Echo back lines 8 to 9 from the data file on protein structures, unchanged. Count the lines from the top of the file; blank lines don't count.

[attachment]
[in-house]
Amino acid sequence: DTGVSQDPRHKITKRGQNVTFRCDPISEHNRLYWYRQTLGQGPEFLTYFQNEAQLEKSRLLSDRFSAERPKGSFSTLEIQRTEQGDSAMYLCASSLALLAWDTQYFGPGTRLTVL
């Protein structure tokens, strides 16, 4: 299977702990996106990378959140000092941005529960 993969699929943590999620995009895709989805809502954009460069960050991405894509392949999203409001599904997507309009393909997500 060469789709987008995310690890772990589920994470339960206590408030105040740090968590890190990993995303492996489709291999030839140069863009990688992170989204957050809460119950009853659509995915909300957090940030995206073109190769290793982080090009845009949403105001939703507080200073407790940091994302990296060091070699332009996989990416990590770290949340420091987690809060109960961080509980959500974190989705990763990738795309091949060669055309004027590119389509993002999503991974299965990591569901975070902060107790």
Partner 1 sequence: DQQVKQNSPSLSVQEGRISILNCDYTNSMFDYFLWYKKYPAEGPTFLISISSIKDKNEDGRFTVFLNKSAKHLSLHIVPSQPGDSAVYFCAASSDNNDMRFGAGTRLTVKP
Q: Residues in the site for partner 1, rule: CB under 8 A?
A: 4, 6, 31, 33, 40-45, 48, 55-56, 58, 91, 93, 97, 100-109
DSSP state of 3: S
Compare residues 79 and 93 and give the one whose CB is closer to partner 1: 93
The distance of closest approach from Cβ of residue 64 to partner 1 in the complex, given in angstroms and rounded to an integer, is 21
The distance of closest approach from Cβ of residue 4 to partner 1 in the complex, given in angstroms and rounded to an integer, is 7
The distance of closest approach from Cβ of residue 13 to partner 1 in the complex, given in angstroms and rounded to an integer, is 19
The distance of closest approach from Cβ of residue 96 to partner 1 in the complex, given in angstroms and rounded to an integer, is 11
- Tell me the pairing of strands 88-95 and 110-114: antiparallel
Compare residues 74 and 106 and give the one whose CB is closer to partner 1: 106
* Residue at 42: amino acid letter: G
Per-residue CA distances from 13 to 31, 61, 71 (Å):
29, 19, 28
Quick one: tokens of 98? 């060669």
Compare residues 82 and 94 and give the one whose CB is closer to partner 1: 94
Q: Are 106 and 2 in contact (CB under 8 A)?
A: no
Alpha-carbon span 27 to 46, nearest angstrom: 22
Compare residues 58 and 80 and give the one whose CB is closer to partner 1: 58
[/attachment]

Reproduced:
Compare residues 79 and 93 and give the one whose CB is closer to partner 1: 93
The distance of closest approach from Cβ of residue 64 to partner 1 in the complex, given in angstroms and rounded to an integer, is 21